Combating Phishing on the Internet


Astronomical growth in Information Technology has become an integral part of our lives, permeating all facets of human endeavour. Every discipline today employs information technology to facilitate and boost its productivity and communication. The internet, while revolutionising business beyond recognition in the past few decades, has also made personal information more accessible. In other words, the internet, while reducing this planet called Earth to a global village, has also blurred the lines between our professional and private lives.

One of the cons of the internet has been the arrival or invention of cyber crimes. One major type of cybercrime today is that of identity theft. In the scenario of identity theft, a person or a website presents himself or itself to be another person or website, by assuming the person/website’s identity by appearing exactly like the genuine website. The motive for this identity theft is so that the fake person or website can obtain classified data (like a credit card) from its unsuspecting victims who believe that they are dealing with a genuine and trusted person or website. Now phishing surely reminds me of the story of Esau and Jacob in the Bible (Genesis 25: 27 – 34). Jacob stole Esau’s identity in order to obtain the blessing Isaac had reserved for his elder brother. Recall that Jacob wore animal skins in order to “feel” like Esau before his blind father. However, even Isaac remarked that the voice sounded like that of Jacob although he felt like Esau. Today’s identity thieves seemed to be much smarter than Jacob was because their victims are hardly aged men with dulled physical senses like Isaac. Except a web surfer is vigilant and careful, he could easily be outsmarted by these criminals lurking behind the facade of trusted names and brands.

Phishing pronounced as “fishing” is a luring technique used by hackers or identity thieves to acquire personal and confidential information from a recipient or victim. This information could be a password, an email, a username, a credit card details and often time, money. Most of the phishing sites masquerade popular websites like social media sites, banks and credible and well-known companies, especially information technology (IT) related companies. Often, emails are also sent using email spoofing, appearing to come from a trusted source with links to phishing websites which are often infested with malware. Many internet users do not bother to look at the website’s address carefully nor check to ensure that the spelling of the site is correct. They get lost and carried away by the seemingly familiar look of the website and forget to ensure the presence of many other features that could help identify legitimacy. Malware is malicious software used to gain access and gather personal and sensitive information and also could result in disrupting normal computer operations .They could come in the form of computer virus, worms, adware, and spyware. These are tools that are used by hackers and phishers alike.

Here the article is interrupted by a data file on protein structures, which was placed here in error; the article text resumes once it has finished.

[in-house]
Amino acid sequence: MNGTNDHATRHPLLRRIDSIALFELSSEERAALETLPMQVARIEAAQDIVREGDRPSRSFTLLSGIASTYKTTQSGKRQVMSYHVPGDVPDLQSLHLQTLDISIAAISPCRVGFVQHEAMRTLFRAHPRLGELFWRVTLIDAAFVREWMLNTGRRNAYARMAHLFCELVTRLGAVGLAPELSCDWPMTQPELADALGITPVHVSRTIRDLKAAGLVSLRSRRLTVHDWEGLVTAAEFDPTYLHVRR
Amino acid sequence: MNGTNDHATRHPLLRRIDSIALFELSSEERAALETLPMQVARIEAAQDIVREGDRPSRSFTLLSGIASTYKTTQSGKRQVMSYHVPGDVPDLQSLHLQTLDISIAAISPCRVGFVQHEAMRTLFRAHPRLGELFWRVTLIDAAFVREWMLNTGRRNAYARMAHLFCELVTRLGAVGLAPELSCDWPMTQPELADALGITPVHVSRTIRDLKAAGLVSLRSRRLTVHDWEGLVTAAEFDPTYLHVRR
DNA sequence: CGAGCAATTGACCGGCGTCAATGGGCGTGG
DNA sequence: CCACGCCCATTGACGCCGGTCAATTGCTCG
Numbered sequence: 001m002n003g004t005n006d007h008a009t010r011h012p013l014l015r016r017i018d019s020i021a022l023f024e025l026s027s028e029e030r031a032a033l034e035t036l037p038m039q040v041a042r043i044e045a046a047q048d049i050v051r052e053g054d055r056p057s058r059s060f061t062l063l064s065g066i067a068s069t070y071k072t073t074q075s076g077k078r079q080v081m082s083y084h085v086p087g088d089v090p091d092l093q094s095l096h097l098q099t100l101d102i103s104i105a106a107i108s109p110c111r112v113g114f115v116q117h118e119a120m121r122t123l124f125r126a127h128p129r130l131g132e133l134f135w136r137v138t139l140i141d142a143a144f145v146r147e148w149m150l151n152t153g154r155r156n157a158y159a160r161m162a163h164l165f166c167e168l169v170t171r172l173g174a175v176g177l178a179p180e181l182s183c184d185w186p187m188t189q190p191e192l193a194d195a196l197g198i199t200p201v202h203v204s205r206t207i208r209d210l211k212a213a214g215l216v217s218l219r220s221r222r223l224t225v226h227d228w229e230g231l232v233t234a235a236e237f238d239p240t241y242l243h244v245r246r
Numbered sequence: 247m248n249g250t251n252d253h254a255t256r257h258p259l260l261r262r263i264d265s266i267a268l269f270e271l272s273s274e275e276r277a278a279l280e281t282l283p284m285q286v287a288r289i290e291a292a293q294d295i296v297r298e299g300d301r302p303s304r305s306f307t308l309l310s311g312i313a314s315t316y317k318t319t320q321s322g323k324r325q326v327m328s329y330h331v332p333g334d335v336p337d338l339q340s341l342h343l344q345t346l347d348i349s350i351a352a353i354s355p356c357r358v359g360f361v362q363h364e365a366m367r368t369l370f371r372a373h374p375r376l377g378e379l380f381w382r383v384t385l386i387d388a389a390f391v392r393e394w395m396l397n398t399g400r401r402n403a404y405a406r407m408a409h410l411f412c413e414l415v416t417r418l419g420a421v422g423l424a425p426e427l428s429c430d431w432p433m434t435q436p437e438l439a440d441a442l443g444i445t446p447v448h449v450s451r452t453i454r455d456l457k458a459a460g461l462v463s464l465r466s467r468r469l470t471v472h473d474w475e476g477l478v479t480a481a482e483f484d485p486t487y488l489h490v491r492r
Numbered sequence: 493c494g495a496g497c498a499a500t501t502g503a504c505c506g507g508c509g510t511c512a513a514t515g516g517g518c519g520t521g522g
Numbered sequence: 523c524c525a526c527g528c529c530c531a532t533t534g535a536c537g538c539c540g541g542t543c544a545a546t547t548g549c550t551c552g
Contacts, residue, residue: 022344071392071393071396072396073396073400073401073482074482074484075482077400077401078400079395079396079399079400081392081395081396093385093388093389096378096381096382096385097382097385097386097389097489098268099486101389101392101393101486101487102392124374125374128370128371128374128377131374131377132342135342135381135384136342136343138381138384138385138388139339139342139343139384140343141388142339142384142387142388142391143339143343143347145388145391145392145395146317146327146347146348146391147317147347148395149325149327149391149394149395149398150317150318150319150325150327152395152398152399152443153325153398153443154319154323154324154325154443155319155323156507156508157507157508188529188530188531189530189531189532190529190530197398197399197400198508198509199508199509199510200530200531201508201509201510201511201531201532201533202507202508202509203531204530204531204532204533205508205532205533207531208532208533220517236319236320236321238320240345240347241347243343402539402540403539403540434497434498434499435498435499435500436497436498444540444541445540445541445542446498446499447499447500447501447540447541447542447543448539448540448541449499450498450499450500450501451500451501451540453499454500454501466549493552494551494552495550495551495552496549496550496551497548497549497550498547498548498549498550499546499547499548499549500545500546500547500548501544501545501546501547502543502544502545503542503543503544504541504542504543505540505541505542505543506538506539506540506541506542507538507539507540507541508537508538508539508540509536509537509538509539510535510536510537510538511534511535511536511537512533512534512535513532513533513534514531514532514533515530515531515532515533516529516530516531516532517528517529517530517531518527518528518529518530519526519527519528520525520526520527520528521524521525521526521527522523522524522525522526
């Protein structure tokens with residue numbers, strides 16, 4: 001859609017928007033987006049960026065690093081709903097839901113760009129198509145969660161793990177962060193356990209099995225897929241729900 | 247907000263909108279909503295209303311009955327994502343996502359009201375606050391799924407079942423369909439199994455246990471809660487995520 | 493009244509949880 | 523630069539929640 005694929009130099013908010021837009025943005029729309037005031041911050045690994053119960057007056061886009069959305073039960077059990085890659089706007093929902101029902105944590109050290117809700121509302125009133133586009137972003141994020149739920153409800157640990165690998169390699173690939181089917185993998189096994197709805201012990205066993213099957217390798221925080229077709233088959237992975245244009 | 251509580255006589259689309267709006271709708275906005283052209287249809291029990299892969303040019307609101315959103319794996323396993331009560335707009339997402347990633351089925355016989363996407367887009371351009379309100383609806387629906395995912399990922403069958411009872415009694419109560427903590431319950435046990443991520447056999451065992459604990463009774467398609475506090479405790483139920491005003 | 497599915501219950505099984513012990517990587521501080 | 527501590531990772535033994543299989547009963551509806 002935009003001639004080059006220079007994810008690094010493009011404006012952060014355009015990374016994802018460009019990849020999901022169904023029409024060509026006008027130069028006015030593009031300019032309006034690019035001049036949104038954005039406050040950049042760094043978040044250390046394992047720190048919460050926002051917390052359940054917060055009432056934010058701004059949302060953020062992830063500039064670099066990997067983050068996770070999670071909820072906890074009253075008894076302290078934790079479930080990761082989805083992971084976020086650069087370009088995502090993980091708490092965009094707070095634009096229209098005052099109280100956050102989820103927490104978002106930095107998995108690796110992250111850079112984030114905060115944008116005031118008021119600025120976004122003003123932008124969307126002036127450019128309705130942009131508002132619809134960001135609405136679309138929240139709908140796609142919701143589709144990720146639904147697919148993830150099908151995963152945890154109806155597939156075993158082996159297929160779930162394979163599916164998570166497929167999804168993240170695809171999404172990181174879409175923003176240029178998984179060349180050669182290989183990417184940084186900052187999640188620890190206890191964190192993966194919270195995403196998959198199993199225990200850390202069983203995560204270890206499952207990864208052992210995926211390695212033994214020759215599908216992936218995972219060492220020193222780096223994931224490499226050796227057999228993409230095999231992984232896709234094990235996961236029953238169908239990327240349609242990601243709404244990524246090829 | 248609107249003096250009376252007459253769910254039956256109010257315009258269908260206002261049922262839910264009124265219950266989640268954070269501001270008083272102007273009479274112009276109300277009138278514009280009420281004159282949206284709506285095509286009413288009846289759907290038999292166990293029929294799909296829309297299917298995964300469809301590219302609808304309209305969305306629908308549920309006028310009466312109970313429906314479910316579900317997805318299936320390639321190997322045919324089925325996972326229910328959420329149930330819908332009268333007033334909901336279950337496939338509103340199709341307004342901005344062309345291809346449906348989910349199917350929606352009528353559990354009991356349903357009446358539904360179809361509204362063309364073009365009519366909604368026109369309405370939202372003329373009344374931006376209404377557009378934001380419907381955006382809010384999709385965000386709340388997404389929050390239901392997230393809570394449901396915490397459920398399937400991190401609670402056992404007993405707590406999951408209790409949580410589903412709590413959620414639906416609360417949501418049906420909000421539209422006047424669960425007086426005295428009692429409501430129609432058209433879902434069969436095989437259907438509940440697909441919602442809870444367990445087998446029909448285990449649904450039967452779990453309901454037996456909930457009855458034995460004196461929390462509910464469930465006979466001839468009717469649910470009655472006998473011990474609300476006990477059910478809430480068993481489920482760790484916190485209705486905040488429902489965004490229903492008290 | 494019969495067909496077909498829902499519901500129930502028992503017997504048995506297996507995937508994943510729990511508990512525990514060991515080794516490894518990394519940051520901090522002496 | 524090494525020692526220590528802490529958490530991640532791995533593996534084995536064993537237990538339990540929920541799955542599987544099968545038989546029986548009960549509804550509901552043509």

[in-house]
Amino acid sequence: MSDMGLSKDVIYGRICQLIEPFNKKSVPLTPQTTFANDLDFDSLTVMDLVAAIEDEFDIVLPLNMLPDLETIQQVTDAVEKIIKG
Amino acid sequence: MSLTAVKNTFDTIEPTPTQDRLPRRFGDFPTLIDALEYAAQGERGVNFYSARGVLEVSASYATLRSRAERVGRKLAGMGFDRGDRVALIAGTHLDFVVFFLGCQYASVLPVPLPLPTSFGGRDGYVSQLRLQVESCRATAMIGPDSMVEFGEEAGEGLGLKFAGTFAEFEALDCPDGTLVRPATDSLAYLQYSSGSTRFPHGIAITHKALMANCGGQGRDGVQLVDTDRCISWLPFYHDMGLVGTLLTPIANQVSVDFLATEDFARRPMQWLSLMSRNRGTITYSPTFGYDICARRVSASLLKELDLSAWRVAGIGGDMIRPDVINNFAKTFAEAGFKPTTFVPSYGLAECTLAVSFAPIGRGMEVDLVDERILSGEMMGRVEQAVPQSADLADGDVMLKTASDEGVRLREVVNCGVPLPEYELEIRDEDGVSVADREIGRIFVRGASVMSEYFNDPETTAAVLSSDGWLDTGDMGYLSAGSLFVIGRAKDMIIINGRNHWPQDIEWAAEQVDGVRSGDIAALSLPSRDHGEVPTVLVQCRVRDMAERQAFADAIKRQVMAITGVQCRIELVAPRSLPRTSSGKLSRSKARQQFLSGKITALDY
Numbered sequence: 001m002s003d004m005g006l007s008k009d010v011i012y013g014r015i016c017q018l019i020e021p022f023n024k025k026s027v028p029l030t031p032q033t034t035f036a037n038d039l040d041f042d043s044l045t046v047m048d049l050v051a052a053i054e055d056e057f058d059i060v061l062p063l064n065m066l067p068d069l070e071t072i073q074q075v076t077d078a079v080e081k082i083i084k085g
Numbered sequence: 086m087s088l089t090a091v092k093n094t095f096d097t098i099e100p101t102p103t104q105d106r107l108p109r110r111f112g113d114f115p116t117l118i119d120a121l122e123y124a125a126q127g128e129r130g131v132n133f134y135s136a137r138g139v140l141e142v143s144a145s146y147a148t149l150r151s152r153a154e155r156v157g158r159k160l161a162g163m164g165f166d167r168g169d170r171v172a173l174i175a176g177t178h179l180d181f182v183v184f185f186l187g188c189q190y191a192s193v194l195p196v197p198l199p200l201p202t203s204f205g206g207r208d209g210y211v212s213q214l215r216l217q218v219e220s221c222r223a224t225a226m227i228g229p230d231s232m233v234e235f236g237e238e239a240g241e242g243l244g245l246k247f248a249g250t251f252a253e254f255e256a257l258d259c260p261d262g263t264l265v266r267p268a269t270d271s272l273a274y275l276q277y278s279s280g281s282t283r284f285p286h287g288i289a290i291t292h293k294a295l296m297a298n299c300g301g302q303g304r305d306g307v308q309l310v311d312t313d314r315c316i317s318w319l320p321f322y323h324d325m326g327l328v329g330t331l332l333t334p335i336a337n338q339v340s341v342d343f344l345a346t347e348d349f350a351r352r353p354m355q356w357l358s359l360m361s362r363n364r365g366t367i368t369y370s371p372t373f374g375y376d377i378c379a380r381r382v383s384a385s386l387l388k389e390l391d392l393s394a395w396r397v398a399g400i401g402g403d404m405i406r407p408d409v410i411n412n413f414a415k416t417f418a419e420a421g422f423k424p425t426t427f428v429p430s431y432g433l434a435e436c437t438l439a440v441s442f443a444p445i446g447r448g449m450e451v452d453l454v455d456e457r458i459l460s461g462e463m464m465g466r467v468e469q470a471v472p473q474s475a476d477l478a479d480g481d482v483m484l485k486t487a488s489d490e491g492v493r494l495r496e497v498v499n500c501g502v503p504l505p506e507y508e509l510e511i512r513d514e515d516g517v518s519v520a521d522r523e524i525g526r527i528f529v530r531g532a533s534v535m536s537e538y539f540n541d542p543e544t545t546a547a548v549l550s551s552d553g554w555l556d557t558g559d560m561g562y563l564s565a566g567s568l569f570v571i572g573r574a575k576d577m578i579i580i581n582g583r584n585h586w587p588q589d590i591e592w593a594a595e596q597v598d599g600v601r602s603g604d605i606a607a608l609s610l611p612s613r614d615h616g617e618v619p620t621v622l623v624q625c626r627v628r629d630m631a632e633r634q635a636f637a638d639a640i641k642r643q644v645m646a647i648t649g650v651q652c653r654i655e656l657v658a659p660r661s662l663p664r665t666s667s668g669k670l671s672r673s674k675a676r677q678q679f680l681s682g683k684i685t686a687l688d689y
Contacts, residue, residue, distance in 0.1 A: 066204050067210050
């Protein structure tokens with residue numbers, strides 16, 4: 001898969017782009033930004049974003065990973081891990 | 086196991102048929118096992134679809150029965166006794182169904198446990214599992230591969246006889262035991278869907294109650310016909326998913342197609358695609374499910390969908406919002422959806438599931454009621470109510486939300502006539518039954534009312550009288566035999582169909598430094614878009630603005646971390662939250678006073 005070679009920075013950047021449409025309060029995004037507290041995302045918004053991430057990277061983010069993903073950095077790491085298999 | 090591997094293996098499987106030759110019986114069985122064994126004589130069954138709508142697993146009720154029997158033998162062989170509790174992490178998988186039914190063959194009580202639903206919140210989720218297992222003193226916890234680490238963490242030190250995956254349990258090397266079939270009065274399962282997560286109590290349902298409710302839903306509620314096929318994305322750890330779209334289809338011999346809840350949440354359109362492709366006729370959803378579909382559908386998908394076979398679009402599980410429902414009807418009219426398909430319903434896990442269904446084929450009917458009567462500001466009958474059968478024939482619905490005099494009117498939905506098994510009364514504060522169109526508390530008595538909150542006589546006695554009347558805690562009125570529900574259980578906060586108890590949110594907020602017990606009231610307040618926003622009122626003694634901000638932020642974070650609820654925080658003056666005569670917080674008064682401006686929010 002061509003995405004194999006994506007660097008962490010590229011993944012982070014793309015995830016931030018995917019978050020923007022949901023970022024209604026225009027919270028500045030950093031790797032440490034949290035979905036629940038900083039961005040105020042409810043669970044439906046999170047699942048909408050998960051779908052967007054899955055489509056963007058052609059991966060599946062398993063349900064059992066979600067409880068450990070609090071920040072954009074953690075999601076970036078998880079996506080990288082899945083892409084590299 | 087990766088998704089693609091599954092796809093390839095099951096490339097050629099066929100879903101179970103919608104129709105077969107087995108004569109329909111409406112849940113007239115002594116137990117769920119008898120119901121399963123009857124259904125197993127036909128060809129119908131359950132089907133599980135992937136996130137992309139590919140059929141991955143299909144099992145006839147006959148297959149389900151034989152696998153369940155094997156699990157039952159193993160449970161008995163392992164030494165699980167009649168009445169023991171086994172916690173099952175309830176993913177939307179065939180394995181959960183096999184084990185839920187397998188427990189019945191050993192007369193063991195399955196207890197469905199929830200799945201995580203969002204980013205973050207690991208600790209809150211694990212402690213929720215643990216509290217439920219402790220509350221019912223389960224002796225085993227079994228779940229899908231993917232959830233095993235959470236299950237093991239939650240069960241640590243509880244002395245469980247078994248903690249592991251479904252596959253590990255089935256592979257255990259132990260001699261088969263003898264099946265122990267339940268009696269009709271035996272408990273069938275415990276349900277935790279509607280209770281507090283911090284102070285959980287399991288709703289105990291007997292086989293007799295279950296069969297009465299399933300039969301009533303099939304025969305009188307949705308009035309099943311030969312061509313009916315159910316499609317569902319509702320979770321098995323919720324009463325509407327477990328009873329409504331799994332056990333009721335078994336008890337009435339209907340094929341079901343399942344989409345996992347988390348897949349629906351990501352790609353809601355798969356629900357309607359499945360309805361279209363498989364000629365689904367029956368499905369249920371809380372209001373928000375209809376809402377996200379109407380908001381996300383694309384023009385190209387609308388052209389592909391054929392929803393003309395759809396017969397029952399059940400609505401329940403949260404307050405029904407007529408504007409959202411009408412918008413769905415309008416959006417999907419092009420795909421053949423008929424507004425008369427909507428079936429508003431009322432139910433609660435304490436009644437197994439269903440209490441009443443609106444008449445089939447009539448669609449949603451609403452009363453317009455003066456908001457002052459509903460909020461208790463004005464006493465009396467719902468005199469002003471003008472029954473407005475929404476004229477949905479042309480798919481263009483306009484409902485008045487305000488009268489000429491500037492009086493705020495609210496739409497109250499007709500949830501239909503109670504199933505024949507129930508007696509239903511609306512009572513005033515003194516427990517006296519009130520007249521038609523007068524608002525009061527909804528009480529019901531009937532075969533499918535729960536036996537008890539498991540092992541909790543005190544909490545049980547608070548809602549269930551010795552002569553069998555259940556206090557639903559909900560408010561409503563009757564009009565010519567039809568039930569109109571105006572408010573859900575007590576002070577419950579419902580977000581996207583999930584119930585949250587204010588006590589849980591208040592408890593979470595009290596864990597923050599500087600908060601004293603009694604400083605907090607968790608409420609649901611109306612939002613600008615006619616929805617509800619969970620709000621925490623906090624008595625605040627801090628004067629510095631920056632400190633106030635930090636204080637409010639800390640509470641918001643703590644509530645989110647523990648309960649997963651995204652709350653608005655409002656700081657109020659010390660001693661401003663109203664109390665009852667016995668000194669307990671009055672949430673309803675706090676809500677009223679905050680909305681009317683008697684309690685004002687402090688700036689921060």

The growth of phishing in Nigeria has also been very alarming. The Nigerian approach is tricking victims into revealing personal information like account details, ATM PIN, password and phone numbers by deceiving the victim to believing that he or she can make quick and easy money. Alternatively, the victim may be lured by being informed that he or she could just pay a token or opportunity to travel abroad. I once received a mail that I had won a lottery. The mail informed me that I had to simply fill a form and transfer a token sum for my windfall to be processed. I am sure many of you reading this article now may have had similar experiences like mine. I am also sure you have received an SMS that you won some money from MTN Nigeria and that you should call a particular number for further details to make your claim. Bulk SMS today has become a common channel for phishing in Nigeria. Sometimes they (phishers) tell you your account has been deactivated and you need to feel out a form to reactivate your account. Others forms of phishing are African scam letters where the scammer creates the impression of having so much money and needs assistance for the funds transfer. These are the common approach of phishing in Nigeria today and victims are not very aware of these dubious schemes because of how authentic they all look.